Talking all of this over with my vet, she suggested I work on allowing Larry to be top cat, whilst making sure he is not top cat over us. The lads are together a lot, so I should let Larry have more time apart from the others. I could also feed him further away from the other two. He can be quite dominant and I need to come down on him hard when he crosses the line. For example, last Christmas he  lashed out at my hand whilst I was writing a card and drew blood. I was furious and I held him down by the scruff of his neck, shouting ‘NO! NO!’ I chased him upstairs and made him stay there on his own for an hour. I did not allow the OH to go and talk to him. Larry has been a lot better behaved since then…until yesterday when he scratched both my hands for no good reason. This time I was too shocked (and upset) to react. I just didn’t speak to him for the rest of the day. The OH rather unhelpfully says ‘but he doesn’t scratch me’. Well, Larry and the OH have a very close bond, which is lovely. But I feed them, so he has to learn that he can’t ‘bite the hand that feeds’. More to the point, he can’t be a scratch risk to anyone in the house: either myself or any visitors.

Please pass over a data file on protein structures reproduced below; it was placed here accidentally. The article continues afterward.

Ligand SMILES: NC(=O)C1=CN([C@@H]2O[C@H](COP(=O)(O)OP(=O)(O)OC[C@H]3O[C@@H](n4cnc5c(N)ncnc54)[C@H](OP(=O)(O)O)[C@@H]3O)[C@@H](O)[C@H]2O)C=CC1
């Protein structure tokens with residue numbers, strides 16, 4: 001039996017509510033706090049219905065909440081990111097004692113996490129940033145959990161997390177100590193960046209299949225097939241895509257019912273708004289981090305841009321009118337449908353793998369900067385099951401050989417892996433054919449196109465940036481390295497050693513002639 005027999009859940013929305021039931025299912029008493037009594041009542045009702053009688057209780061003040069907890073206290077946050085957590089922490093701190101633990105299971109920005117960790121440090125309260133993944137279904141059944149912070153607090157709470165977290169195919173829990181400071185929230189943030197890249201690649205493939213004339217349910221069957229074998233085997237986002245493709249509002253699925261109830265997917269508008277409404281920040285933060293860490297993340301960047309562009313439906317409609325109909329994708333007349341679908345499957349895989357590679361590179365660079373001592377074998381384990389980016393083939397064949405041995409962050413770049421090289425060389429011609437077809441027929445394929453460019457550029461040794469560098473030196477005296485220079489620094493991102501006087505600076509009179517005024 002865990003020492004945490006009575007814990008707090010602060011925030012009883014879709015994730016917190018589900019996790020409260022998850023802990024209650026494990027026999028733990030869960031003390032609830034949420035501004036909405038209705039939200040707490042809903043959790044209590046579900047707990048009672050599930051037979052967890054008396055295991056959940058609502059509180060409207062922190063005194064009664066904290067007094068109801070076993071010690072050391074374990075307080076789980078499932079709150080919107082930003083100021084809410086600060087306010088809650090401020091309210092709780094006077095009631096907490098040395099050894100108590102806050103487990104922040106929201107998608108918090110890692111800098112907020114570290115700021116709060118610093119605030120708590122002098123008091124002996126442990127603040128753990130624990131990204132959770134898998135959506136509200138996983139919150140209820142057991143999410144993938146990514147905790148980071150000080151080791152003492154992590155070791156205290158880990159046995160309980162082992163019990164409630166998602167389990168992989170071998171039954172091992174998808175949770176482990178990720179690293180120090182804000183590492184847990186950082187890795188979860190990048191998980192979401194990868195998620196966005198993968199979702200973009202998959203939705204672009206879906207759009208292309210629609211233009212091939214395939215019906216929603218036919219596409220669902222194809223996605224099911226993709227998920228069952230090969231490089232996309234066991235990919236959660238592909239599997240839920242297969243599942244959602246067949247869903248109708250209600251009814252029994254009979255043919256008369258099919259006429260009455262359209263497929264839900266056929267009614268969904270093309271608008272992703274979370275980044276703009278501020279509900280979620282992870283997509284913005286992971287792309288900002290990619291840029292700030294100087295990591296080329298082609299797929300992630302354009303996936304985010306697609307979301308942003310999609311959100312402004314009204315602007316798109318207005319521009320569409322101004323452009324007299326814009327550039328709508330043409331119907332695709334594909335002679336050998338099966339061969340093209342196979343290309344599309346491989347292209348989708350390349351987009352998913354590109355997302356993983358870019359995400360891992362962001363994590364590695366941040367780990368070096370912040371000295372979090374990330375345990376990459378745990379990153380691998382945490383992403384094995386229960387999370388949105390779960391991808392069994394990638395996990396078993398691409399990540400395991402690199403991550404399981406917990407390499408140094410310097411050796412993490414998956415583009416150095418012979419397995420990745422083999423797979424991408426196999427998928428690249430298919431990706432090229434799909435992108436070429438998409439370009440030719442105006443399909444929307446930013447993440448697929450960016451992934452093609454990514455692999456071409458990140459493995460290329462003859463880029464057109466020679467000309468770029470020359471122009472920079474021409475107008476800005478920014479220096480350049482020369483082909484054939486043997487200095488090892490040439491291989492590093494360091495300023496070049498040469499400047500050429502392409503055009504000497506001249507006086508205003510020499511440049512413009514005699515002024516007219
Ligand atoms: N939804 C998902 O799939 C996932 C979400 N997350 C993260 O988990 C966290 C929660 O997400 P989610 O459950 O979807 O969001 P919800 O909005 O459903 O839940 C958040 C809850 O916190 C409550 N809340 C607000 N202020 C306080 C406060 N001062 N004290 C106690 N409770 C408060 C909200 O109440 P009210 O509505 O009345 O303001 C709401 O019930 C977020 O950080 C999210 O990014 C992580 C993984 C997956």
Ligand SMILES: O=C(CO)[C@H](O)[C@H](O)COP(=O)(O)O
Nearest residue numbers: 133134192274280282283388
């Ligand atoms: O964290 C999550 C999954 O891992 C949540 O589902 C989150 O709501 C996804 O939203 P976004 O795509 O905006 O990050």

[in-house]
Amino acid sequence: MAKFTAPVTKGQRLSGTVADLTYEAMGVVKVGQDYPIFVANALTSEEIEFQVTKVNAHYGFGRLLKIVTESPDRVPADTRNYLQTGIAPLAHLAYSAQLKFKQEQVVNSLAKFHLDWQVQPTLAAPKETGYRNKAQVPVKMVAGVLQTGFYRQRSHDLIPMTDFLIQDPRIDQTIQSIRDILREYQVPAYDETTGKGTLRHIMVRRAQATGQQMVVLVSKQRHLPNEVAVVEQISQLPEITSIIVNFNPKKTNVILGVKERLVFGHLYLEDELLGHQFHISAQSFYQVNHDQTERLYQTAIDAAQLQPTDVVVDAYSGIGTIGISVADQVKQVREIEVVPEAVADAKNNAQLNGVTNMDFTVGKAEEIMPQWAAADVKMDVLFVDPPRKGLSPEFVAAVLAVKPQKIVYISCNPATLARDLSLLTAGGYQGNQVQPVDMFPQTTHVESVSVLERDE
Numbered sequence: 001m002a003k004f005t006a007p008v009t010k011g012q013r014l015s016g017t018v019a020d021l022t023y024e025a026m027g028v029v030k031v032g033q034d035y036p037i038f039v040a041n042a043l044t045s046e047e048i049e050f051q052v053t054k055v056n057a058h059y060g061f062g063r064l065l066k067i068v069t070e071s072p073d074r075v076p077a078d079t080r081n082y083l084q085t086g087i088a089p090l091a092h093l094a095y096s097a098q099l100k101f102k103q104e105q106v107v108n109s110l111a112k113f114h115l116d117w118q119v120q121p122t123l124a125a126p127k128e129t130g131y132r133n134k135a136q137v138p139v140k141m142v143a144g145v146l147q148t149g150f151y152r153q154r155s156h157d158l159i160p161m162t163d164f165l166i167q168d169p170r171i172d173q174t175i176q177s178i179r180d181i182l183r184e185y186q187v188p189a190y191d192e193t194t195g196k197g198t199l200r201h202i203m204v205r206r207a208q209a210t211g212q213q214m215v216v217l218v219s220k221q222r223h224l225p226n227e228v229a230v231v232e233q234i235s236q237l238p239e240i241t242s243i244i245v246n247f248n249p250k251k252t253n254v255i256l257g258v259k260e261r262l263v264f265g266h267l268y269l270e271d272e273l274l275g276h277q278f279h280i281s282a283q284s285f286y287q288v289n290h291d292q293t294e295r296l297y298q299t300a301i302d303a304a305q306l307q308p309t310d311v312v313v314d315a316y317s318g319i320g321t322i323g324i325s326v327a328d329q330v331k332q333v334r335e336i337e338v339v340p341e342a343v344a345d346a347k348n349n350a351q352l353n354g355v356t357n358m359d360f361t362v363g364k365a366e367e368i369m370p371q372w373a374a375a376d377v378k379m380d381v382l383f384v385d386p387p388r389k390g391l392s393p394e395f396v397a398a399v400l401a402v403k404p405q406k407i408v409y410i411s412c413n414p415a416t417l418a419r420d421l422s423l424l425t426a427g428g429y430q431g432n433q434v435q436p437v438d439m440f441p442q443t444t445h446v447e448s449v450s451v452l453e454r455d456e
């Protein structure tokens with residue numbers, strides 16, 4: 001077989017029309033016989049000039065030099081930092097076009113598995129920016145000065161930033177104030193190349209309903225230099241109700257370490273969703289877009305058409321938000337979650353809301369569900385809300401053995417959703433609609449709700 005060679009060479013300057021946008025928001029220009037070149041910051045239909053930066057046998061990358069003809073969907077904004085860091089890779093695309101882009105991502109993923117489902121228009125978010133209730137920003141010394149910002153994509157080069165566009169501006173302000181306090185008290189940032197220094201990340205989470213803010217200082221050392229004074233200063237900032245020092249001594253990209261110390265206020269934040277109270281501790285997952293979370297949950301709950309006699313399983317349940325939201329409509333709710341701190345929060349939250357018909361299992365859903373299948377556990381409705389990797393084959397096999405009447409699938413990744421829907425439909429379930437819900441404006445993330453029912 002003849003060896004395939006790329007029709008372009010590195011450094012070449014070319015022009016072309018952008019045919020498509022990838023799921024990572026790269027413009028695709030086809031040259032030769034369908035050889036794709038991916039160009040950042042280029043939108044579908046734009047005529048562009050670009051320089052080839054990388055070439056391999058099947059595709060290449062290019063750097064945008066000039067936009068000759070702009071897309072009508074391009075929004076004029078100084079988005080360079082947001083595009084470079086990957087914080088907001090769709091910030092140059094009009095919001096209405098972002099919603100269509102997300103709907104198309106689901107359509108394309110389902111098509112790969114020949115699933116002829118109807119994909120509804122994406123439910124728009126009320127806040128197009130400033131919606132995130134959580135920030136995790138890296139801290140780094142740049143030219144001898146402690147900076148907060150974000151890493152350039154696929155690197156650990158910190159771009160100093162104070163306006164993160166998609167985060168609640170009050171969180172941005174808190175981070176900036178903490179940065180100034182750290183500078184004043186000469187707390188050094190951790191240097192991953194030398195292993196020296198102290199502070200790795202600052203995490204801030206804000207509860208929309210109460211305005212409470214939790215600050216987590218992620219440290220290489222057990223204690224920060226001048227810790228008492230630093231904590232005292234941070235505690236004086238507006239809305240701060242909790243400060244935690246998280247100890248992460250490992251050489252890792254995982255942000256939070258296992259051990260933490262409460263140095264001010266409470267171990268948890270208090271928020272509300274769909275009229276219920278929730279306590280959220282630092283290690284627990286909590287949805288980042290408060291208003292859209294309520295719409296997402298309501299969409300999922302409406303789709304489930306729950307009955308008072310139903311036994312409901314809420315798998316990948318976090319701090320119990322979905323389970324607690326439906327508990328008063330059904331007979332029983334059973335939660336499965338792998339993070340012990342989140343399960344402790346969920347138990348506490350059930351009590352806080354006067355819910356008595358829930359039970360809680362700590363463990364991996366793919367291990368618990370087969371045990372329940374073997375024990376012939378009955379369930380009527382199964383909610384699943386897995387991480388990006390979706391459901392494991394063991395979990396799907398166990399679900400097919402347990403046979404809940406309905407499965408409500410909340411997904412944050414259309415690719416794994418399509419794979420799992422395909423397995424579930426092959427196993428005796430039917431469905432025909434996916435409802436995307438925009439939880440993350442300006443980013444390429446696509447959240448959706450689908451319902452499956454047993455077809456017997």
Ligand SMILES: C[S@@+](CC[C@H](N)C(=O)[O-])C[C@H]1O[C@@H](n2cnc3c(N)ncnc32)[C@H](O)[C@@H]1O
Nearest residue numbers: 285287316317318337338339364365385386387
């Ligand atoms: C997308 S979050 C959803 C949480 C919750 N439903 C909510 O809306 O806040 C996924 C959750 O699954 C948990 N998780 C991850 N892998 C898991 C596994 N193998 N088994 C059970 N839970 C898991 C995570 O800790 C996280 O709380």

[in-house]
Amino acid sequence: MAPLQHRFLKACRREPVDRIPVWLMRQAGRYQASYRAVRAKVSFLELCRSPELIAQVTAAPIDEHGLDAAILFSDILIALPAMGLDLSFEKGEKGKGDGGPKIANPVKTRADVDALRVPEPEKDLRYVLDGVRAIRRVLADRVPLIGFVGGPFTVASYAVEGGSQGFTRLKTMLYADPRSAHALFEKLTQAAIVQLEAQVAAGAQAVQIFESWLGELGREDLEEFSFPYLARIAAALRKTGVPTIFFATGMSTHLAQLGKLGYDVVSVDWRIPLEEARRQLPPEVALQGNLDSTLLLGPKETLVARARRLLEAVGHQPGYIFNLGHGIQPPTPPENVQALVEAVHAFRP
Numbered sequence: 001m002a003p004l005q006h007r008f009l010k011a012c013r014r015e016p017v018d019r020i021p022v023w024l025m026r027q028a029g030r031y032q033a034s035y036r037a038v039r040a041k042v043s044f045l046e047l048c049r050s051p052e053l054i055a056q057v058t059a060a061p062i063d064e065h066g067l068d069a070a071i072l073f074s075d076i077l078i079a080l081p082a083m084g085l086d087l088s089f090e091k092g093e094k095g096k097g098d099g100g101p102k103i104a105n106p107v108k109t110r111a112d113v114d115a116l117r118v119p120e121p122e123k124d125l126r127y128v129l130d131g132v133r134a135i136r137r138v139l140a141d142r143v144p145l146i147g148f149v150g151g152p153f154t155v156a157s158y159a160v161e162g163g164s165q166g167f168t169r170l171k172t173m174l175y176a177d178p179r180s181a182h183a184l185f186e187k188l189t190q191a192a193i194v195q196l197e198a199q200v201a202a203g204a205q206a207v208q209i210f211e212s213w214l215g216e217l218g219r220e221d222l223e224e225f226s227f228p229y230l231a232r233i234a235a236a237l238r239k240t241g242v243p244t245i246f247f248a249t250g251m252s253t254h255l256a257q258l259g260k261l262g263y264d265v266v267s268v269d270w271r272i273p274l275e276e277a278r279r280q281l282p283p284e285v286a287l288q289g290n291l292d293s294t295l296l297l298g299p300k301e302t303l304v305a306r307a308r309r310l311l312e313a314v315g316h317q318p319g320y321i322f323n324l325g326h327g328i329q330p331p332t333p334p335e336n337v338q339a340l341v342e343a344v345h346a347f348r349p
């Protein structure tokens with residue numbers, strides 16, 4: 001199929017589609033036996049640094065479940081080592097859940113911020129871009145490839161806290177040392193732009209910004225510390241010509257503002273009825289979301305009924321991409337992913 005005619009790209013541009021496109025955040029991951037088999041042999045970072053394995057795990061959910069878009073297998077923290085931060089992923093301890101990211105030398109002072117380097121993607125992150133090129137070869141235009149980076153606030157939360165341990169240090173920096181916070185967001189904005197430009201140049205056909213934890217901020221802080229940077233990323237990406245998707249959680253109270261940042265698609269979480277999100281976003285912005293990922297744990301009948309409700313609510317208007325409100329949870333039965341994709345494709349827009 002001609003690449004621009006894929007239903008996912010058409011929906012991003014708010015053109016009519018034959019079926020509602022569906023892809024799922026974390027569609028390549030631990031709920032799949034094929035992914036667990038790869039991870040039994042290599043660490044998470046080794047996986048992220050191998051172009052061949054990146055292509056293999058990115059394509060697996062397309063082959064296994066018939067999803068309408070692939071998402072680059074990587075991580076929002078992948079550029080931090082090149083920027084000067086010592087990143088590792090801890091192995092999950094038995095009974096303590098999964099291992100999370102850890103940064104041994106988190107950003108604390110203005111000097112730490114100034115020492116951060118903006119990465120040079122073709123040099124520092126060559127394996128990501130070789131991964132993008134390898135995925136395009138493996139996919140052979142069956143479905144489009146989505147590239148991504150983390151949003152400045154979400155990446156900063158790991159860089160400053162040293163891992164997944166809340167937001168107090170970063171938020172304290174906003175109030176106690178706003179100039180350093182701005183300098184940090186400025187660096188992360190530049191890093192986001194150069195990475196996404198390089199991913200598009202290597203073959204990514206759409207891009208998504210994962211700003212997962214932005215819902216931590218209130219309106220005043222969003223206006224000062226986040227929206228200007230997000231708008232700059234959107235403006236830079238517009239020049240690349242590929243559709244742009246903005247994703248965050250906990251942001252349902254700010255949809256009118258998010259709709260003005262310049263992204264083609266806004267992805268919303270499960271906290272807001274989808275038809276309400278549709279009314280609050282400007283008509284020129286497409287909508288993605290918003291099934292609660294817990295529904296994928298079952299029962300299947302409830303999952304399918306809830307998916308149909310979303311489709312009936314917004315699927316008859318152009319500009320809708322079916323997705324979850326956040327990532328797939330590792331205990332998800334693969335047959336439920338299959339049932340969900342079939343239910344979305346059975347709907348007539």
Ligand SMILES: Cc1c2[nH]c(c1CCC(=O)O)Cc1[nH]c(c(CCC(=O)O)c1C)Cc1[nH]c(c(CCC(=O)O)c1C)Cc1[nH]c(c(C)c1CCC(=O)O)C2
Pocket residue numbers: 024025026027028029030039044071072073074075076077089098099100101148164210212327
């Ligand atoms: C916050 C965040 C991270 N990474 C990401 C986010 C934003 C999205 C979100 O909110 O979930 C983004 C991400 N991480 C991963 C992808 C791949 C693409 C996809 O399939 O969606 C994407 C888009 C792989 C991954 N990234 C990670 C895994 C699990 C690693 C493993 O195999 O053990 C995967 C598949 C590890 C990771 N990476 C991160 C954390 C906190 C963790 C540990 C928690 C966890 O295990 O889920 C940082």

Coincidentally, Larry did not like his food yesterday and spent all day howling at me to serve something else. I took to opportunity to show my dominance by refusing to budge.

If anyone has an idea of how to handle this minefield of feline psychology, please pitch in!

Finally, my vet had another suggestion: get another cat. I am not sure if this is wise…

Till next time,

L x

Marvellous Monty